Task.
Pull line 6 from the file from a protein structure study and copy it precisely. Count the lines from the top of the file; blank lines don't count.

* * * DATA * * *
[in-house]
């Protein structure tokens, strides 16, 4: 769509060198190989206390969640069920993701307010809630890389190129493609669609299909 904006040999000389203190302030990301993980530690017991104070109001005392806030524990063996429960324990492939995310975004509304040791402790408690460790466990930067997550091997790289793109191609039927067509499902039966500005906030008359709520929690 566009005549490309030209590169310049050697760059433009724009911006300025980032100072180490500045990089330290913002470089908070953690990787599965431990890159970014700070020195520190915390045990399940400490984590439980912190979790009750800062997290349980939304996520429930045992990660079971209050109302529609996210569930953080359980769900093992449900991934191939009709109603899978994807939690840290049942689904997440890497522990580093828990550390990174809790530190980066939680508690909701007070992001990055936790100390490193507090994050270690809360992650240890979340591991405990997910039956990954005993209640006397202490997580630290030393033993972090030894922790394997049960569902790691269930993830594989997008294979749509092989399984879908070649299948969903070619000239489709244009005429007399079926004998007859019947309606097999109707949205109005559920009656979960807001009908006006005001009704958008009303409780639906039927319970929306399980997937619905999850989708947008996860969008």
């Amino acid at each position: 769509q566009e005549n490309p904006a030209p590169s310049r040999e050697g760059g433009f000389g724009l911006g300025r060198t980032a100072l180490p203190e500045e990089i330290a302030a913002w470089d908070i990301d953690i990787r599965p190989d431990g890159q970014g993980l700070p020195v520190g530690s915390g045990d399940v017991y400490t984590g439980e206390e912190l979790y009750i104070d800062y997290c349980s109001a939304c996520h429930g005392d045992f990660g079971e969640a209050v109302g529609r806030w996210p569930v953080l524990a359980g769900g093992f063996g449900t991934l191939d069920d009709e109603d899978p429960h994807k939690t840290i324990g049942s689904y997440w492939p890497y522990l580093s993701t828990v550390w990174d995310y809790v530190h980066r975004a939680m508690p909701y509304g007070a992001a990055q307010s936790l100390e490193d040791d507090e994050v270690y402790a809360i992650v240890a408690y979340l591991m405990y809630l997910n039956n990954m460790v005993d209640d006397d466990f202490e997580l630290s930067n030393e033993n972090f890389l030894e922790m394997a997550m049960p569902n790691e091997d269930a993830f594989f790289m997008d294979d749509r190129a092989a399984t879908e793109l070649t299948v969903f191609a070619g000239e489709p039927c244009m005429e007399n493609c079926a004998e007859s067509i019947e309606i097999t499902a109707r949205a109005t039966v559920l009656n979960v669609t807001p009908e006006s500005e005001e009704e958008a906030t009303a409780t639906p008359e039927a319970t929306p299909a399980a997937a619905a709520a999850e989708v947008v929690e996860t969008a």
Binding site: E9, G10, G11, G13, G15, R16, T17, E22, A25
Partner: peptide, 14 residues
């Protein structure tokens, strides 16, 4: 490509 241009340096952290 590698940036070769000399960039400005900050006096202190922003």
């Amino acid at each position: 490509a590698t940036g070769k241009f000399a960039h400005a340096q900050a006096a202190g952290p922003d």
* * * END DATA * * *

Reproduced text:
């Protein structure tokens, strides 16, 4: 490509 241009340096952290 590698940036070769000399960039400005900050006096202190922003």